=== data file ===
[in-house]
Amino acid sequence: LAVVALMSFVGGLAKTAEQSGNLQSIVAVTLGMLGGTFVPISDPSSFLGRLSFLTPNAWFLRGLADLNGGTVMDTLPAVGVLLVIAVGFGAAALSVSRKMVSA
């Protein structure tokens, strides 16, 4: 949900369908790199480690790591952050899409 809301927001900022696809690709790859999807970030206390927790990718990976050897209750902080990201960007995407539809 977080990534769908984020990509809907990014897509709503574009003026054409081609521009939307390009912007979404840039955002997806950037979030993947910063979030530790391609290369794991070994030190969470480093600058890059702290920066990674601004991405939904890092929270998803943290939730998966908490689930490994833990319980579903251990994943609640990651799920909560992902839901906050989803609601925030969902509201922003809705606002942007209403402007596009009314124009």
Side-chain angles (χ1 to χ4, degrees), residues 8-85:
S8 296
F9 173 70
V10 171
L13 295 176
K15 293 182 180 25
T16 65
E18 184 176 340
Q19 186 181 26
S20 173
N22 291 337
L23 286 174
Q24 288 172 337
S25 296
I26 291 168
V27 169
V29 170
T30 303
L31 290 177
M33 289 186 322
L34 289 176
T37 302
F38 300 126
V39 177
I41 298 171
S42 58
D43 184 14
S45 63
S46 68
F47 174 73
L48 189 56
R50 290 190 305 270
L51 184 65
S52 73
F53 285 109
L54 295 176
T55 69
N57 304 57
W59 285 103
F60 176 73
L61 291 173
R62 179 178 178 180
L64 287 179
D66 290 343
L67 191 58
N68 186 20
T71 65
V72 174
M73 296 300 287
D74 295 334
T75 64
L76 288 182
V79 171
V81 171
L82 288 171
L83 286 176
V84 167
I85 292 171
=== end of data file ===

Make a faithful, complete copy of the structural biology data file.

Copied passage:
[in-house]
Amino acid sequence: LAVVALMSFVGGLAKTAEQSGNLQSIVAVTLGMLGGTFVPISDPSSFLGRLSFLTPNAWFLRGLADLNGGTVMDTLPAVGVLLVIAVGFGAAALSVSRKMVSA
């Protein structure tokens, strides 16, 4: 949900369908790199480690790591952050899409 809301927001900022696809690709790859999807970030206390927790990718990976050897209750902080990201960007995407539809 977080990534769908984020990509809907990014897509709503574009003026054409081609521009939307390009912007979404840039955002997806950037979030993947910063979030530790391609290369794991070994030190969470480093600058890059702290920066990674601004991405939904890092929270998803943290939730998966908490689930490994833990319980579903251990994943609640990651799920909560992902839901906050989803609601925030969902509201922003809705606002942007209403402007596009009314124009």
Side-chain angles (χ1 to χ4, degrees), residues 8-85:
S8 296
F9 173 70
V10 171
L13 295 176
K15 293 182 180 25
T16 65
E18 184 176 340
Q19 186 181 26
S20 173
N22 291 337
L23 286 174
Q24 288 172 337
S25 296
I26 291 168
V27 169
V29 170
T30 303
L31 290 177
M33 289 186 322
L34 289 176
T37 302
F38 300 126
V39 177
I41 298 171
S42 58
D43 184 14
S45 63
S46 68
F47 174 73
L48 189 56
R50 290 190 305 270
L51 184 65
S52 73
F53 285 109
L54 295 176
T55 69
N57 304 57
W59 285 103
F60 176 73
L61 291 173
R62 179 178 178 180
L64 287 179
D66 290 343
L67 191 58
N68 186 20
T71 65
V72 174
M73 296 300 287
D74 295 334
T75 64
L76 288 182
V79 171
V81 171
L82 288 171
L83 286 176
V84 167
I85 292 171